Vedanta as a group has worked so far with 14,000 child care centres in India – in the state of Rajasthan, Karnataka, Chattisgarh, and Odisha, reaching out to more than 500,000 deprived and underprivileged children, since 2008.

Taking cognizance of the issue, Government of India has sanctioned Rs. 129,000 crore in the current plan to be spent under the Integrated Child Development Scheme (ICDS) within 3 years.

Vedanta “Khushi”, that says all about Child Care

Vedanta “Khushi” is a mission driven by the vision of Mr. Anil Agarwal, Chairman – Vedanta Group’s that “no child in India should remain malnourished and be deprived of education and primary health. Let India be a child malnourished free nation.”

Scribbling  some  figures  on  the  net  and  in  certain reports of Indian Economic  Survey,  UNICEF, UNDP, etc. a not so much usual fact came forward and  that was the child population in India, the growing number of deprived or  underprivileged  children  in  India,  the number of street children in India,  the number of child deaths in India, and the number of children who dropout from schools every year in India.

India,  a  country  with  largest  child  population, largest malnourished children, largest child deaths, and largest street children in the world, put our  minds  and  thoughts  in  a  thinking-hat  mode.  For once, we felt apprehensive about building India for a bright and progressive future. It was sure, government, NGOs, corporates alone cannot bring this problem to a solution and common masses need to align and join on such national missions.

This is where we decided to launch an awareness campaign “Khushi”, which was aimed to spread the message of care for the underprivileged children and building a life of dignity for them.  The message was clear that about 50% of India’s child population needs attention – attention towards their nutrition, education and good health. The message was also clear that without the involvement of similar minds, India would never be able to make it to a developed nation.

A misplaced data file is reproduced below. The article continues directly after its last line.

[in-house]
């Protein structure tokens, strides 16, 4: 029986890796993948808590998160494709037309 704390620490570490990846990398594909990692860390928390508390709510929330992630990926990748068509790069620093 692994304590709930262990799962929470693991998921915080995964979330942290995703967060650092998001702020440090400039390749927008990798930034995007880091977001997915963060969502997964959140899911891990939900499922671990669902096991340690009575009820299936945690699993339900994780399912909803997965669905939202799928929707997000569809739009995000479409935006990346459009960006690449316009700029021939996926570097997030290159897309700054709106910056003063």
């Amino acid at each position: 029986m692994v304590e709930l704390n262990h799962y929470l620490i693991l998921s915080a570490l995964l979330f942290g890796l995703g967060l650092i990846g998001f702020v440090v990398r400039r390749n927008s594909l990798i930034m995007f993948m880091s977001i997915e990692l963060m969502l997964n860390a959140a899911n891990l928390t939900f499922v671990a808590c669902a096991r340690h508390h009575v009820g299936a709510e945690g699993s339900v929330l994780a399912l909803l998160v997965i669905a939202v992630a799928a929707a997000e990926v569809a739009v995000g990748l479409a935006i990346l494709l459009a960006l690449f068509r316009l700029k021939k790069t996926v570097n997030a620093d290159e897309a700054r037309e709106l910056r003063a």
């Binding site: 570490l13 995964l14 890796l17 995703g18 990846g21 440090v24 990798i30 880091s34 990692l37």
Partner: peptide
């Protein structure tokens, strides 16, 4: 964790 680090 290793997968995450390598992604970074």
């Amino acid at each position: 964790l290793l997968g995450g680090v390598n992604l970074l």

With this thought, on 10th April 2012, Vedanta Group designed “Khushi”, an in-house campaign on social media - on blog and on the Facebook.  We also decided to make “Khushi” a 100% non-funding campaign that would strongly engage with people and spread awareness to encourage them to take individual steps and initiatives. Where the blog, www.khushi-creatinghappiness.blogspot.in, became a platform for encouraging   people  by  uploading  success  stories,  articles  and  statistics;  the  Facebook became  a  platform for on-line discussions and debates and spreading  awareness. By now, on “Khushi” group, about 60 debates have been carried out on a number of issues like girls’ education, infrastructure in schools, problem of street children, beggary, quality of education, rehabilitation, disparities in urban and rural education, sending underprivileged children back to school,  malnutrition, corporal punishments to children, child labour making crackers,  effects of TV advertising on children, portray of Indian Children in Cinema,  mobile phone and their effects on Children,  Safety of Children etc.

The debates became a platform for knowledge sharing and a guiding factor for proposed actions. Taking forward the outcomes, 150 schools have bee adopted in Rajasthan for completely changing their infrastructure, study material and other facilities.

Vedanta “Khushi” also spent days with the street children to understand their issues and problems. Accordingly, workshops were conducted to inculcate the importance of education, health and hygiene, nutrition and behaviour change.

To further strengthen the objective of “Khushi”, 75 child care centres have been adopted in Tamil Nadu, Odisha, Rajasthan and Chattisgarh. These centres have about 2500 deprived and underprivileged children.  These children are provided daily nutritious breakfast, lunch, books and primary health check-ups.

Recently, Vedanta’s “Khushi” came together with NDTV for the girl child campaign – Our Girls Our Pride.  The campaign ambassador was the gorgeous Bollywood film actress Ms.  Priyanka Chopra.   Ms.  Krishna Poonia, the Padamshree, and the ace international athlete also became joined “Khushi” campaign.

Today,  when we are about to complete 2 years in this mission (10th April 2014), we are quite pleased that we are able to communicate our message clearly to a number of opinion makers which include journalists, professors, engineers, social  workers,  bureaucrats,  students,  doctors,  management graduates, entrepreneurs, etc. 

Vedanta “Khushi” has become a global mission and there has been increasing interest from Indians living in different parts of the world. People are engaged and spreading message of child care through direct engagement with people and also through their social media presence.

One thing we could successfully bring forward through "Khushi" has been change in the behaviour of people towards deprived children.